What will be the future of Tom Bass’ P&O Wall Fountain?

The P&O Wall Fountain in Hunter Street, Sydney – a famous Tom Bass sculpture and icon of Sydney Public Art. Will the fountain remain in this historic precinct?

As award winning sculptor Richard Goodwin notes, the P&O Wall Fountain ‘bites’ into the Hunter Street building (pictured above), making it one of Australia’s greatest public sculptures. When Richard was a young artist, the wall fountain inspired him in his own practice.

Originally intended in 1962 to be carved into the granite façade of the P&O building, Tom Bass’ more affordable solution was to fabricate his wall fountain sculpture in copper.

The sculpture became much talked about soon after its installation when editors of OZ magazine published on the cover of its magazine a photograph of the fountain serving as a urinal.

The sculpture’s position in Hunter Street is in an historic conclave of Tom Bass’ works in this area of the City of Sydney.

At 126 Phillip Street can be found the copper AGC sculpture created in 1962 as an icon for the corporate and financial industry and a tribute to hire purchase. When the original building was demolished in 2002, the work was salvaged, restored and reinstalled by Deutsche Bank into the newly designed Sir Norman Foster building.

Research – the ICI Sculpture – made in 1959 for ICI at 61 Macquarie Street, Sydney, was in 1999 was relocated by Mirvac to the north wall of Quay Grand Suites (pictured left), adjacent to the Moore Steps at Circular Quay.  It is a sculptural tribute to industry and scientific research.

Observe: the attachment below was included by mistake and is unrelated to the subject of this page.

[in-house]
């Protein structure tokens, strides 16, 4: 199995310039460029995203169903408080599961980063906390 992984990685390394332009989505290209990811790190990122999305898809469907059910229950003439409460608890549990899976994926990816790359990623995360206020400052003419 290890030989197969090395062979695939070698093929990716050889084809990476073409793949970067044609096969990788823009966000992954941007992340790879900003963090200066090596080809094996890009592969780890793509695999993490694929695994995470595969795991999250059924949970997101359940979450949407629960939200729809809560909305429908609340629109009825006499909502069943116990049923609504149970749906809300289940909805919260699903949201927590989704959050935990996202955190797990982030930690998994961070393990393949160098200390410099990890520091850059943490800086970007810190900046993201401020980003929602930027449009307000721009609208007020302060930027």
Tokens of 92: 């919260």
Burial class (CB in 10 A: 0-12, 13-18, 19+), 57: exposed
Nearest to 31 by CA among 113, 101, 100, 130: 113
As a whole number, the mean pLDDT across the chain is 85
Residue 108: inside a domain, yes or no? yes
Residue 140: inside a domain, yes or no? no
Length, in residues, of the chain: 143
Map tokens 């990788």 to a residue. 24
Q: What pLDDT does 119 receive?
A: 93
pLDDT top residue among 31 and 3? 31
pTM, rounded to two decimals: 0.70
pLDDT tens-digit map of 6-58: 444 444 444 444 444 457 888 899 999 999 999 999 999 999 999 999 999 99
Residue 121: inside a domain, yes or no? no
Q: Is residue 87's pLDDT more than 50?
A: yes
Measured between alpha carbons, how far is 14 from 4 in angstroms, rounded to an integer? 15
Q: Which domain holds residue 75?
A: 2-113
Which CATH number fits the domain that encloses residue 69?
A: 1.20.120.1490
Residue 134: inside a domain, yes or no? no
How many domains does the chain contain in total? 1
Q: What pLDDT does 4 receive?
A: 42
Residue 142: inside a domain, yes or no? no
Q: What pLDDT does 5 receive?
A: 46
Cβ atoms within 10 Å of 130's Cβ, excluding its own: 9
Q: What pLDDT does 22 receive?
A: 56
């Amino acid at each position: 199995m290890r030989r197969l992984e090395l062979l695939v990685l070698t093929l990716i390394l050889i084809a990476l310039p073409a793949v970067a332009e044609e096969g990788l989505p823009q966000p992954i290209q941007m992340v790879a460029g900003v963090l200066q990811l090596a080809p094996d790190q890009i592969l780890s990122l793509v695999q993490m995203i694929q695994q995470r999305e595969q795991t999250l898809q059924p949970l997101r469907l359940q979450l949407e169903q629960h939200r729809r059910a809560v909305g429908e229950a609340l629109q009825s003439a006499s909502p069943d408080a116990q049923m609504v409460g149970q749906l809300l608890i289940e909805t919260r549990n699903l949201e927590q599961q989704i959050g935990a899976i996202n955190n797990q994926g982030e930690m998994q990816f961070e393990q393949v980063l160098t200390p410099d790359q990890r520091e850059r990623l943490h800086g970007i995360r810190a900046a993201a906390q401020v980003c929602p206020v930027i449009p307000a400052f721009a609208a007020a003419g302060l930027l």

The AMP sculpture commissioned by Australia Mutual Providence in 1960 for the AMP Building at Circular Quay is still in position on the façade of this iconic Sydney Cove building. The sculpture represents the Goddess of Plenty, reflecting the AMP’s motto Amicus Certus in re Incerta (a true friend in uncertain times).

With the expansion of the Sydney metro, there is some suggestion the P&O building may need to be demolished for the underground rail and Martin Place station.  Sydney will not want to lose the wall fountain. The P&O building should be preserved to ensure the future of the Tom Bass wall fountain. Or else the sculpture should definitely be salvaged and repositioned by the Sydney Metro Project and the Sydney City Council in or near this area of the city to which it historically belongs.

Recently Brendan Trembath reported on this development on ABC Radio National PM program, click here to read more.

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